Terpenoid

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Chemical structure of the terpenoid isopentenyl pyrophosphate

The terpenoids (/ˈtɜrpɨnɔɪd/ TUR-pə-noyd), sometimes called isoprenoids, are a large and diverse class of naturally occurring organic chemicals similar to terpenes, derived from five-carbon isoprene units assembled and modified in thousands of ways. Most are multicyclic structures that differ from one another not only in functional groups but also in their basic carbon skeletons. These lipids can be found in all classes of living things, and are the largest group of natural products.

Plant terpenoids are used extensively for their aromatic qualities. They play a role in traditional herbal remedies and are under investigation for antibacterial, antineoplastic, and other pharmaceutical functions. Terpenoids contribute to the scent of eucalyptus, the flavors of cinnamon, cloves, and ginger, the yellow color in sunflowers, and the red color in tomatoes.[1] Well-known terpenoids include citral, menthol, camphor, salvinorin A in the plant Salvia divinorum, the cannabinoids found in cannabis, ginkgolide and bilobalide found in Ginkgo biloba, and the curcuminoids found in turmeric and mustard seed.

The steroids and sterols in animals are biologically produced from terpenoid precursors. Sometimes terpenoids are added to proteins, e.g., to enhance their attachment to the cell membrane; this is known as isoprenylation.

Structure and classification[edit]

Terpenes are hydrocarbons resulting from the combination of several isoprene units. Terpenoids can be thought of as modified terpenes, wherein methyl groups have been moved or removed, or oxygen atoms added. (Some authors use the term "terpene" more broadly, to include the terpenoids.) Just like terpenes, the terpenoids can be classified according to the number of isoprene units used:

Terpenoids can also be classified according to the number of cyclic structures they contain. In the year 1995, Julius Anitnec found out that Terpenoids can be tested for using the Salkowski test[citation needed].

Meroterpenes are any compound, including many natural products, having a partial terpenoid structure

Biosynthesis[edit]

Simplified version of the steroid synthesis pathway with the terpenoid intermediates isopentenyl pyrophosphate (IPP), dimethylallyl pyrophosphate (DMAPP), geranyl pyrophosphate (GPP), and squalene shown. Some intermediates are omitted for clarity.

There are two metabolic pathways of creating terpenoids:

Mevalonic acid pathway[edit]

Many organisms manufacture terpenoids through the HMG-CoA reductase pathway, the pathway that also produces cholesterol. The reactions take place in the cytosol. The pathway was discovered in the 1950s.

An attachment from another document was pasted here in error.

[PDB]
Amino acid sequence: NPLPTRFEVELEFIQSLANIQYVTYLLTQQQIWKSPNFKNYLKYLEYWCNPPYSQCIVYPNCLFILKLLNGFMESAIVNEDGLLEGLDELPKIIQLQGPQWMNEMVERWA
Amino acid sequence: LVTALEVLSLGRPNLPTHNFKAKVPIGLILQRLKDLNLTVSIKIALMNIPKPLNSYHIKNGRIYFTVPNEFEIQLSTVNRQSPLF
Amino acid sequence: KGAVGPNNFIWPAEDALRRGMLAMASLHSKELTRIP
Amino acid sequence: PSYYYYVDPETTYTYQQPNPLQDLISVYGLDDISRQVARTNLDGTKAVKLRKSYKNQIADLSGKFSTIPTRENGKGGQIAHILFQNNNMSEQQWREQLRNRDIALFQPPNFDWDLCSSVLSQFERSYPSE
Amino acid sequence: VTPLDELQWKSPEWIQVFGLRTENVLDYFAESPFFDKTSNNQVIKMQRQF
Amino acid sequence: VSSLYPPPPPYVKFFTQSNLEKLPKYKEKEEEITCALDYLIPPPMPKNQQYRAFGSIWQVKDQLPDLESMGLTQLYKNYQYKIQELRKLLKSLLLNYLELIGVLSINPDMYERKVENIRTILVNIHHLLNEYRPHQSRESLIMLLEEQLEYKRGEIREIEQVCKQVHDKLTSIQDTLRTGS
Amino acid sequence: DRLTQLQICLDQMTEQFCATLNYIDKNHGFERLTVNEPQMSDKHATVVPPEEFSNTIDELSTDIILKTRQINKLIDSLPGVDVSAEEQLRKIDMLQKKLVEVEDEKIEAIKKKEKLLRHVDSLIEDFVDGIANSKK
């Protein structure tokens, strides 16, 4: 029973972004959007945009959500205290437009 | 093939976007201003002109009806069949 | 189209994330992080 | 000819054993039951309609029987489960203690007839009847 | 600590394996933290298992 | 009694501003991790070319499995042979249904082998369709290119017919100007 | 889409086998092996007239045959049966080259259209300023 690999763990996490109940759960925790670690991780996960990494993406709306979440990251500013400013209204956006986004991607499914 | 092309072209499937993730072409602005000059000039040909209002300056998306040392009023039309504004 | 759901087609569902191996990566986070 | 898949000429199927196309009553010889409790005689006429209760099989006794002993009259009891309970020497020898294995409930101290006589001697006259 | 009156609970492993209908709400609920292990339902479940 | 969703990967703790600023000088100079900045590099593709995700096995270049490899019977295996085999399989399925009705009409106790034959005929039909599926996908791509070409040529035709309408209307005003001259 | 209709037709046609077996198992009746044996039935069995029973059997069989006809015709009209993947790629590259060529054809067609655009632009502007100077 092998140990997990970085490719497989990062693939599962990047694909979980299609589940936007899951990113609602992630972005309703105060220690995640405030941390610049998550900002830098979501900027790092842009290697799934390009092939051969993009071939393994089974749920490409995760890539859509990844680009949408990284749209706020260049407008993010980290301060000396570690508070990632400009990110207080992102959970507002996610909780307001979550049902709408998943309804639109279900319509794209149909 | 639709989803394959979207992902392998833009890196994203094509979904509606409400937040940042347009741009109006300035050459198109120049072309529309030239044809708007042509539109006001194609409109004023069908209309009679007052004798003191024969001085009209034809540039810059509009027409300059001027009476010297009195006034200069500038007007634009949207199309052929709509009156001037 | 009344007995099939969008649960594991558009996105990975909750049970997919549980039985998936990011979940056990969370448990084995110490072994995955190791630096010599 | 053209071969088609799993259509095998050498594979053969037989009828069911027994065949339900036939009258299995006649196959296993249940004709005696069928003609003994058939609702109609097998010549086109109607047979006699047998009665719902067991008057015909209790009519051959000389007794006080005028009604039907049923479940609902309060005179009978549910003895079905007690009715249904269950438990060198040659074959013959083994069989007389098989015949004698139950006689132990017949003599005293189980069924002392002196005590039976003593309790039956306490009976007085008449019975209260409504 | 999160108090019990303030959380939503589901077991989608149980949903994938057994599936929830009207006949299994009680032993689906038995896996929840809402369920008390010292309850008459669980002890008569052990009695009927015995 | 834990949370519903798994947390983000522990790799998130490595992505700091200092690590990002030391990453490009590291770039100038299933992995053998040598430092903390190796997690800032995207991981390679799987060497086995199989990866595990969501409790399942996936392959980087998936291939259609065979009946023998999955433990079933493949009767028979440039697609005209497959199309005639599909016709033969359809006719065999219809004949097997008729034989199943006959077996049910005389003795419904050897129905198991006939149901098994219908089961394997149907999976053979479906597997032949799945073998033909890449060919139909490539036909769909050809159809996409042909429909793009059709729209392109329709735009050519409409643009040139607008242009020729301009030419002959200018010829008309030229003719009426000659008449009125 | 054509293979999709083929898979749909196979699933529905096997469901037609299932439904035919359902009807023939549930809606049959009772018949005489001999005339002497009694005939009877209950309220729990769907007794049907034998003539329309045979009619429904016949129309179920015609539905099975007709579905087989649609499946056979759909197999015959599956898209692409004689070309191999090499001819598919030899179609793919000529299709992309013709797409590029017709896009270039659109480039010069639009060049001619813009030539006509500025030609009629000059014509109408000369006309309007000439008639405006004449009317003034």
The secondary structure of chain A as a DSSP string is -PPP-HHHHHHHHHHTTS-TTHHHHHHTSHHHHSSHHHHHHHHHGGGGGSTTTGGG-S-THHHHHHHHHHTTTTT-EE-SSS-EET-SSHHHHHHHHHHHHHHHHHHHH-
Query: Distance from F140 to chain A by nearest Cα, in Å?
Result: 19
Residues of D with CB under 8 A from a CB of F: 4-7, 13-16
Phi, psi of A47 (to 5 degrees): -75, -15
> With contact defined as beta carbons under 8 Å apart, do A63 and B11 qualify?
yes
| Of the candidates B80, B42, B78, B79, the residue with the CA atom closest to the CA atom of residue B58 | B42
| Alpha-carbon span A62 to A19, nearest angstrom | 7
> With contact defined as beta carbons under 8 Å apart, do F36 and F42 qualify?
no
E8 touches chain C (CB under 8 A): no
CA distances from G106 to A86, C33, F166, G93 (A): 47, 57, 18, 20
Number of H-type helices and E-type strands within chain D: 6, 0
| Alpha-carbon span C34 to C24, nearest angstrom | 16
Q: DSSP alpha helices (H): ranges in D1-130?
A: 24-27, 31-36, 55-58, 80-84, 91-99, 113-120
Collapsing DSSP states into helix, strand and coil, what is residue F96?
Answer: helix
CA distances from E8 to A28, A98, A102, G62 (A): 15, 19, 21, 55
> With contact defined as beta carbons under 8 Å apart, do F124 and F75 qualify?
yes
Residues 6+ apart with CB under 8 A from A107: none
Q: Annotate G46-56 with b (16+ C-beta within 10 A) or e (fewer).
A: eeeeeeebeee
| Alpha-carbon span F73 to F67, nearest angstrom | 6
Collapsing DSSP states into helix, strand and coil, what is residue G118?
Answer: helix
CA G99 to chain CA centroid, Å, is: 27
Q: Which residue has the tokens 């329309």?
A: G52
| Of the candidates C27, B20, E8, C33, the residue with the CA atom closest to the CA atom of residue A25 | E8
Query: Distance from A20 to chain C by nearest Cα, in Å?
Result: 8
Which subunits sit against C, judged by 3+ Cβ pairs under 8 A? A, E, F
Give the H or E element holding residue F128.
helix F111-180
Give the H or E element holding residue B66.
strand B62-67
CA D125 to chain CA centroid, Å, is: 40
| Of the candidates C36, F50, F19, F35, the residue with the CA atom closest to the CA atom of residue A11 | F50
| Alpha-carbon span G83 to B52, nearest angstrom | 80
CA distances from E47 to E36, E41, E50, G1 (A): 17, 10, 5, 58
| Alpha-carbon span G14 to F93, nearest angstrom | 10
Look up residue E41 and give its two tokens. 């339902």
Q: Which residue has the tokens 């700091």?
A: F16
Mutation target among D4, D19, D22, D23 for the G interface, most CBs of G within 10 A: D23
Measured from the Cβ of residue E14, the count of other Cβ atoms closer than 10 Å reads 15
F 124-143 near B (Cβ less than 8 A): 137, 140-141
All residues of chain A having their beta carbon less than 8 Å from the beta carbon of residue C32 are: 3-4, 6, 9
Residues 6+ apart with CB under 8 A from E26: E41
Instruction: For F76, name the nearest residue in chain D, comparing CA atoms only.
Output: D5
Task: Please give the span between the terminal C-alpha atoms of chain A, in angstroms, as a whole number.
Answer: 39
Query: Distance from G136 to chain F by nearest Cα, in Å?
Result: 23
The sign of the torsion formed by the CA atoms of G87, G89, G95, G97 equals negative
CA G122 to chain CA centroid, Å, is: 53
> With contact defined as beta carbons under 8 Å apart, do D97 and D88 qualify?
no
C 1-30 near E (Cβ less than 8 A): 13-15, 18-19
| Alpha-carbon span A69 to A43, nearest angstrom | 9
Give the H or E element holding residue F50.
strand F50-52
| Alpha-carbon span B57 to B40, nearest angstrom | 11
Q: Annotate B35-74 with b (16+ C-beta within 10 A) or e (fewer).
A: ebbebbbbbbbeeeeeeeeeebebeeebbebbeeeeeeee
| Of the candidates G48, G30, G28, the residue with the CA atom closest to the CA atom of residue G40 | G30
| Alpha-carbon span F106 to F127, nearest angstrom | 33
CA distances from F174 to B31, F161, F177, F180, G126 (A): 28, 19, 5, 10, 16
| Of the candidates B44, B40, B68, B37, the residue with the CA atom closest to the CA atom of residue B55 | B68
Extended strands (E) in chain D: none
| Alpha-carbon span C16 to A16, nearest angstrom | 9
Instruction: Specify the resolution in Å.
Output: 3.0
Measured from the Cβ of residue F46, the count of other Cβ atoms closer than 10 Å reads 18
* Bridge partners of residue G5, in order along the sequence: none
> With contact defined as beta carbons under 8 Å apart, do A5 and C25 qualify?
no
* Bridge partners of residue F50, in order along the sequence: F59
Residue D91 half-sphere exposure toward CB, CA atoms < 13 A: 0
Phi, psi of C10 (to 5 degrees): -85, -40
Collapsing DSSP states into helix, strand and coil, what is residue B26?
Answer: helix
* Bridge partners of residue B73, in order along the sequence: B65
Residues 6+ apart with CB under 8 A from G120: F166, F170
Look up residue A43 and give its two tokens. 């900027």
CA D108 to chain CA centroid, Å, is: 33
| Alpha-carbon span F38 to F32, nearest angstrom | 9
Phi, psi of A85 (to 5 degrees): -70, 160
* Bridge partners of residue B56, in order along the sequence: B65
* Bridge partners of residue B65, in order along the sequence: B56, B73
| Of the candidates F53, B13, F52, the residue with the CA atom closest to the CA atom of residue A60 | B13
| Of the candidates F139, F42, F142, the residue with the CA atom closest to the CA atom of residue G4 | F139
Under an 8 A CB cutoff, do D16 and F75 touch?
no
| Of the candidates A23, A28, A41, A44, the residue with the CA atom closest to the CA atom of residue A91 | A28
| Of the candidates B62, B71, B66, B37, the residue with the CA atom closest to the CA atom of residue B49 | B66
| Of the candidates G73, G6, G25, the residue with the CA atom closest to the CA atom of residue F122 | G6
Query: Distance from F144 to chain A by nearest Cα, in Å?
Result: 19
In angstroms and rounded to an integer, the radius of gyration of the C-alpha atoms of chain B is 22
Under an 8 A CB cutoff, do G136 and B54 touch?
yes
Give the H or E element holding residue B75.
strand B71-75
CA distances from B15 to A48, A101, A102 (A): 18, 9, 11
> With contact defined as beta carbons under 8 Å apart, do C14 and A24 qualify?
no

MEP/DOXP pathway[edit]

The 2-C-methyl-D-erythritol 4-phosphate/1-deoxy-D-xylulose 5-phosphate pathway (MEP/DOXP pathway), also known as [non-mevalonate pathway] or mevalonic acid-independent pathway, takes place in the plastids of plants and apicomplexan protozoa, as well as in many bacteria. It was discovered in the late 1980s.

Pyruvate and glyceraldehyde 3-phosphate are converted by DOXP synthase (Dxs) to 1-deoxy-D-xylulose 5-phosphate, and by DOXP reductase (Dxr, IspC) to 2-C-methyl-D-erythritol 4-phosphate (MEP). The subsequent three reaction steps catalyzed by 4-diphosphocytidyl-2-C-methyl-D-erythritol synthase (YgbP, IspD), 4-diphosphocytidyl-2-C-methyl-D-erythritol kinase (YchB, IspE), and 2-C-methyl-D-erythritol 2,4-cyclodiphosphate synthase (YgbB, IspF) mediate the formation of 2-C-methyl-D-erythritol 2,4-cyclopyrophosphate (MEcPP). Finally, MEcPP is converted to (E)-4-hydroxy-3-methyl-but-2-enyl pyrophosphate (HMB-PP) by HMB-PP synthase (GcpE, IspG), and HMB-PP is converted to isopentenyl pyrophosphate (IPP) and dimethylallyl pyrophosphate (DMAPP) by HMB-PP reductase (LytB, IspH).

IPP and DMAPP are the end-products in either pathway, and are the precursors of isoprene, monoterpenoids (10-carbon), diterpenoids (20-carbon), carotenoids (40-carbon), chlorophylls, and plastoquinone-9 (45-carbon). Synthesis of all higher terpenoids proceeds via formation of geranyl pyrophosphate (GPP), farnesyl pyrophosphate (FPP), and geranylgeranyl pyrophosphate (GGPP).

Although both pathways, MVA and MEP, are mutually exclusive in most organisms, interactions between them have been reported in plants and few bacteria species.

Organism Pathways
Bacteria MVA or MEP
Archaea MVA
Green Algae MEP
Plants MVA and MEP
Animals MVA
Fungi MVA


See also[edit]

References[edit]

  1. ^ Michael Specter (September 28, 2009). "A Life of Its Own". The New Yorker. 

External links[edit]